Post # 1
My sister’s best friend is an amateur photographer. Not taking into account if she’s ever done a wedding (I don’t know, but if she’s good, it wouldn’t matter because everyone has to start somewhere), my brain says maybe don’t use her because I think she would be too in “best friend” mode with my sister to really get all the shots a professional/not affiliated photographer would get. What would you do? Save money and just go with her, or use someone that was referred to you/you saw at a bridal show?
Post # 2
I think if you hired her she probably wouldn’t be too busy being in “best friend” mode to do her job, but personally wouldn’t use an amateur photographer for my wedding no matter who it was. I would use a professional whose style you love, and if they’re expensive, maybe ask for a package with fewer hours to save money. That’s what I’m doing with mine!
Post # 3
I would meet with her and seem how professional she seems and get a look at her work, talk about her style, all the stuff you would do with a professional.
My SIL does wedding photography as a side job (she’s also a full-time teacher) and she does a lot of friends’ and friends of friends’ weddings. But I know that when she is at a wedding she is in full professional mode. So it’s not automatically a bad idea, it just depends on the person.
Post # 4
It depends on the person. I took wedding photos for the aunt of my best friend, but I had no problem turning off “best friend mode” to be professional and give the bride my full attention during the wedding. Before and afterwards were the times I hung out with my best friend, not during.
So it completely depends on how professional she is! Also make sure to look at her work to see if it fits your style and her experience. Just because she may be the cheaper choice, doesn’t mean she’s the better choice. Good luck!
Post # 5
I think it would depend on the importance you place on your photos. If you really want amazing memorable photos that you can have to cherish and they are really important to you, I think the better route would be to direct your budget towards a professional.
If you really don’t care about the photos, or don’t have a specific standard or volume or amount you want, you might feel more comfortable with an a amateur. If you use an amateur I would perhaps do an engagement or family session first, be very clear, very concise and very professional in your relationship and what your expectations are going forward.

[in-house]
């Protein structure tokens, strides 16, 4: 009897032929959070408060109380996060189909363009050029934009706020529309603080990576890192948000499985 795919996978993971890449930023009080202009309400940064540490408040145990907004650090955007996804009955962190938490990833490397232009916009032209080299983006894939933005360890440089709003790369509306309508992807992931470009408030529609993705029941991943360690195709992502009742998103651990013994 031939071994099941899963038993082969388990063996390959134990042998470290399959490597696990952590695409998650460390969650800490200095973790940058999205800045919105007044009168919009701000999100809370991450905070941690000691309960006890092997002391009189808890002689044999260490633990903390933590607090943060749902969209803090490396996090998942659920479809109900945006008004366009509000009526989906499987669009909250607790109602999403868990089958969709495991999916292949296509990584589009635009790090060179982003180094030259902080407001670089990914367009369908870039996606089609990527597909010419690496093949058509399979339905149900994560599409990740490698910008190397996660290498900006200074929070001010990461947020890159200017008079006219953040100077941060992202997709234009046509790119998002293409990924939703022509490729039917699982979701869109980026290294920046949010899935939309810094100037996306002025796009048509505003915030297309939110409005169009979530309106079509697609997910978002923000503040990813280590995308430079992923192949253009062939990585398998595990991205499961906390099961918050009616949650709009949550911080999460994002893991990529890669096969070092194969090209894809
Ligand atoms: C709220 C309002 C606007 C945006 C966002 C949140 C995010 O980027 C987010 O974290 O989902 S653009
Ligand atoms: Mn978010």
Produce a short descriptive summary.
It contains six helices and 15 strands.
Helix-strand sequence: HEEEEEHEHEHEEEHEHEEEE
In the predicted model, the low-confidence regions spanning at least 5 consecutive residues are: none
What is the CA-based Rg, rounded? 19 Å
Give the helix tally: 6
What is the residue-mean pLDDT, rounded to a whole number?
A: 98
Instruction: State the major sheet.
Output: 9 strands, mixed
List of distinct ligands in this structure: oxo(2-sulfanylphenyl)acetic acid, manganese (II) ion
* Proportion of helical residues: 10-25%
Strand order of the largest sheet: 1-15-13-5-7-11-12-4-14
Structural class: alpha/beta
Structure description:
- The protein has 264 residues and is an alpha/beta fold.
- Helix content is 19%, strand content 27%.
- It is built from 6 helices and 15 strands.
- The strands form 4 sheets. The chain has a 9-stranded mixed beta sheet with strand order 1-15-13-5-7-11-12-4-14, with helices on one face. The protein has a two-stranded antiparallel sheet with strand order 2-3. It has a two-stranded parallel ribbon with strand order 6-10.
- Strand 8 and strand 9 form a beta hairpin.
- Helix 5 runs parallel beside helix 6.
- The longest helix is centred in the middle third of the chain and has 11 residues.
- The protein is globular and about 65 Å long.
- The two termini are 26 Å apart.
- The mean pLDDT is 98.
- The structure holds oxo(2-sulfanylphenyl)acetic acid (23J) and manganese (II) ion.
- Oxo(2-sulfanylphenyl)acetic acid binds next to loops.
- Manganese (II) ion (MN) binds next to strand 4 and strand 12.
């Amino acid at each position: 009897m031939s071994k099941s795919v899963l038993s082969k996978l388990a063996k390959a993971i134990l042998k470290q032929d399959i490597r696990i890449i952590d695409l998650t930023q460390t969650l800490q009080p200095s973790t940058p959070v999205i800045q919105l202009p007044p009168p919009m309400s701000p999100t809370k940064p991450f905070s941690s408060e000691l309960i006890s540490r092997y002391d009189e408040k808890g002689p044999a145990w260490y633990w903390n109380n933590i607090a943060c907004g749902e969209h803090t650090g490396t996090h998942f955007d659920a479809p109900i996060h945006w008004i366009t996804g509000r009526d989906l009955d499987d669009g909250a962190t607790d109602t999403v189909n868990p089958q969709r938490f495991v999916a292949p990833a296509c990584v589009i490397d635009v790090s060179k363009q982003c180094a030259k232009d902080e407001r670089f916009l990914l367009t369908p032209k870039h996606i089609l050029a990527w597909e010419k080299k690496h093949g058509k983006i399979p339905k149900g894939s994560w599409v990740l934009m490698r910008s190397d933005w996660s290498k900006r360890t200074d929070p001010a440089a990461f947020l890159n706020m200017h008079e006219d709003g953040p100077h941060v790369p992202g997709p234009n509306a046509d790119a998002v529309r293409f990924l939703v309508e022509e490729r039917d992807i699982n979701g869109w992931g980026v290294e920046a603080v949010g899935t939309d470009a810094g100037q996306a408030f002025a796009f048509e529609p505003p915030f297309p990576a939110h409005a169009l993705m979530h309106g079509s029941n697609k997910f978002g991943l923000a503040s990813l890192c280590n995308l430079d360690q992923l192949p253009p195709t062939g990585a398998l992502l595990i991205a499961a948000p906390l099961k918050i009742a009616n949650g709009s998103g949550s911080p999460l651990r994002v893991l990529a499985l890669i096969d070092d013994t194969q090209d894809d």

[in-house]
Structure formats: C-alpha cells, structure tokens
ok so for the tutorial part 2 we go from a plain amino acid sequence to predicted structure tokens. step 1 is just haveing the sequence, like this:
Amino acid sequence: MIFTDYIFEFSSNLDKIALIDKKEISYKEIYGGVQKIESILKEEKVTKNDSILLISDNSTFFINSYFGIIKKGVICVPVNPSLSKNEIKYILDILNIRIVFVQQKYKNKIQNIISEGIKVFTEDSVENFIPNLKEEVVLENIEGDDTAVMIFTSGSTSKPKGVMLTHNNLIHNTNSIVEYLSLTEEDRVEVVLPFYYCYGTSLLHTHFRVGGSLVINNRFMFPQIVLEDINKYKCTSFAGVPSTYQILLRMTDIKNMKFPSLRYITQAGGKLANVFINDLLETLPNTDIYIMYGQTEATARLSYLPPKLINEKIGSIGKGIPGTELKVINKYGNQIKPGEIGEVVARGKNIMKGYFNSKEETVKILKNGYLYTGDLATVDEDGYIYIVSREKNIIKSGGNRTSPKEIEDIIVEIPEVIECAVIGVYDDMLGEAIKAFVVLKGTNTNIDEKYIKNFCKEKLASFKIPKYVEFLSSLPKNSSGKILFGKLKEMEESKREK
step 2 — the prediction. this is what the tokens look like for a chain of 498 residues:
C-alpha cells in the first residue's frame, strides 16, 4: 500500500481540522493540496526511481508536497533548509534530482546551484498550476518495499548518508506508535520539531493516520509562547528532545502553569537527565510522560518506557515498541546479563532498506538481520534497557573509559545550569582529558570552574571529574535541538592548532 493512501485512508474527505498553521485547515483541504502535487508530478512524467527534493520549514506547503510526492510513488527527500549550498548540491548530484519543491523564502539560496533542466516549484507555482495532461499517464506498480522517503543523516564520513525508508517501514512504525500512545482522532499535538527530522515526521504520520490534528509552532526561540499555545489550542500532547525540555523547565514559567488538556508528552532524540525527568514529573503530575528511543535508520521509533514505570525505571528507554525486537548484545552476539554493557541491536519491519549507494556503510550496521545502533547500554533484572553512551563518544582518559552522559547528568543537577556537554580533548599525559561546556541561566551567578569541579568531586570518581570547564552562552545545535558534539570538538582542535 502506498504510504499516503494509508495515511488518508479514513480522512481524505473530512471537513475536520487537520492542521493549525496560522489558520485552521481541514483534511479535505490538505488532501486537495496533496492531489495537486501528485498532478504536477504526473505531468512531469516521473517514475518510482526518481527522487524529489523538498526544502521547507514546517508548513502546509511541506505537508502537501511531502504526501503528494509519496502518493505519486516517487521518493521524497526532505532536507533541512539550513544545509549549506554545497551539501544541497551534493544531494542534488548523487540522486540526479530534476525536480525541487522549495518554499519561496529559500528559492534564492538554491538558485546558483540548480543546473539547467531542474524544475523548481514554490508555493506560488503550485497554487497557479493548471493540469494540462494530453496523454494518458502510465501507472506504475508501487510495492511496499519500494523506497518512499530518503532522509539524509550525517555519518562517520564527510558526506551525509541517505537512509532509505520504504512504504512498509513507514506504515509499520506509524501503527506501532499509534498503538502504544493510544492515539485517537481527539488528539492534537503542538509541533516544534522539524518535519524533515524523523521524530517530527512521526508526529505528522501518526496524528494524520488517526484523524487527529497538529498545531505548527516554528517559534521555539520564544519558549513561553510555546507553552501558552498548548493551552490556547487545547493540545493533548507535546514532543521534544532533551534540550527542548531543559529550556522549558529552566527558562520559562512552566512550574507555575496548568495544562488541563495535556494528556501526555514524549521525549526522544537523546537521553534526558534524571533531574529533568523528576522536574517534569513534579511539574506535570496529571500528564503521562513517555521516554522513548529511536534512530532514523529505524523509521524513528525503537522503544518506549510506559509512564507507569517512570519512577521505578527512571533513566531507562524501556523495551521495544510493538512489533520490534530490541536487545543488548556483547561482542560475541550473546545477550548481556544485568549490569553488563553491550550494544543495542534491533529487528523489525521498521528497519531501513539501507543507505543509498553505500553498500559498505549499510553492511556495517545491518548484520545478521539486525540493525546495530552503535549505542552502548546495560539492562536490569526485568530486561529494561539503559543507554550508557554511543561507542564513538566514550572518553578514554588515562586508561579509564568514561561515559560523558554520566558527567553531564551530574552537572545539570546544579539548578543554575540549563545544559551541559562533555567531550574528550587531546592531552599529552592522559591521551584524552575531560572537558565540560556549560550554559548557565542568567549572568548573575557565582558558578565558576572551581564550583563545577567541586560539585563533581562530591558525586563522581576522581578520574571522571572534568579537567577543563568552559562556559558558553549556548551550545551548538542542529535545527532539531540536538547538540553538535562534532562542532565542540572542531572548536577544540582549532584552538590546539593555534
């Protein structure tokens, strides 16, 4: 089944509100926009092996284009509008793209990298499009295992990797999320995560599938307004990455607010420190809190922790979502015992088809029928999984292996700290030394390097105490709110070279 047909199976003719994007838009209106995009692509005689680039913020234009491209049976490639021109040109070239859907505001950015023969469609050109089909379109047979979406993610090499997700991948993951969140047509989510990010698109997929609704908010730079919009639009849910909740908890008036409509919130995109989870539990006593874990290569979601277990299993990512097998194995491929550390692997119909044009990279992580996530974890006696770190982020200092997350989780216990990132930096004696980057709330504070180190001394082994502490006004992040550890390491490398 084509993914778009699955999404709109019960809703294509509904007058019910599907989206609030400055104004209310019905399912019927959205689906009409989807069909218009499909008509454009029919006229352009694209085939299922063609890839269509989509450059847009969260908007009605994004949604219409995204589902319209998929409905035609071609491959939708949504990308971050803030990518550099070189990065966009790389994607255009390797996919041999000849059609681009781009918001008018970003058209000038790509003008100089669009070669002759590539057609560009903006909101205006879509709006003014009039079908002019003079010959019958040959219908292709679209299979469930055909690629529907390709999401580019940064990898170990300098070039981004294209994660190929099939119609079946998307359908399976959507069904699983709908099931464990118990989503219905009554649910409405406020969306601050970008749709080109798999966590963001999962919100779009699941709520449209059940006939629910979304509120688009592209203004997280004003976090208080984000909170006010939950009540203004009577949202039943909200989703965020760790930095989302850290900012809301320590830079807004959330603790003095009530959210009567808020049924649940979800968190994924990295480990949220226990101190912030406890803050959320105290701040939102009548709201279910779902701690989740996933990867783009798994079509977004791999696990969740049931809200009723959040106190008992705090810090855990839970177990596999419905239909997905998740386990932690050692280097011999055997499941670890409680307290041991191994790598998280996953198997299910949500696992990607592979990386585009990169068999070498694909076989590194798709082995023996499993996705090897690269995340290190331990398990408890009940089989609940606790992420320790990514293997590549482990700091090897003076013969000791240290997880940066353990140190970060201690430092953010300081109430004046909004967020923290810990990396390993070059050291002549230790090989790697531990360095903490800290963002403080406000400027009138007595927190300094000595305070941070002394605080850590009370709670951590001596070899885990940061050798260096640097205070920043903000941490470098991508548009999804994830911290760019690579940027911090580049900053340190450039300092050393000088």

Post # 6
I’m leaning towards not using her. Pictures are very important to me, I mean, we got pix done for my sons 3 month, 6 month, 9 month, and 1 year milestones lol. So professional it is!! Thanks for your input.
Post # 7
I realize you already made a decision but I’ll add an anecdote quickly for other curious Bees.
For my brother’s wedding we used an amateur who also happened to be the friend of one of the guests. His online portfolio was nice but he never shot a wedding. He spent time with his friend and it felt like we had to pry him away and specifically request certain shots. Eventually I made him a list and he got the hang of it. The pictures turned out fine but it was doubtful that if we left the photographer to his own devices we would have gotten the necessary photos.
I support that people needs to start somewhere but if this isn’t something you want to worry about go with a trusted professional.
Post # 8
statuesque1 : this is exactly what im thinking will happen. I’d rather not have to do that, because my sister gets very defensive when she *thinks* someone is being hard on her friends. And that would make an awkward situation even worse.
Post # 9
dionsmom : If you can affod it and you value photography I’d go with a seasoned pro. I think that it’s an area where you really get what you pay for.
Personally, I prefered not to have any friends as vendors (or “friendors”) as it felt too uncomfortable to me to mix the two relationships together. I have a hard enough time being honest and direct with a professional, much less with my friend.
Being a great wedding photographer is a skill that comes with a lot of experience (catching that perfect first kiss moment or that dip during the dance is difficult!) so I was happy to pay full price and hire out the job.
Post # 10
If photos are important to you then get a professional. If she hasn’t done professional/wedding shoots before she may not know all the tricks of e.g. wrangling families for group shots, where to stand for the best angles, what makes a good getting ready shot, being unobtrusive to get candid shots, good poses for couple shots that also look natural etc. Unless you really know her work and she has portfolios you can look at I wouldn’t risk it.
Post # 11
I’d base it on her portfolio. If she’s trying to become a professional and build a career I don’t think you need to worry about her being in best friend mode.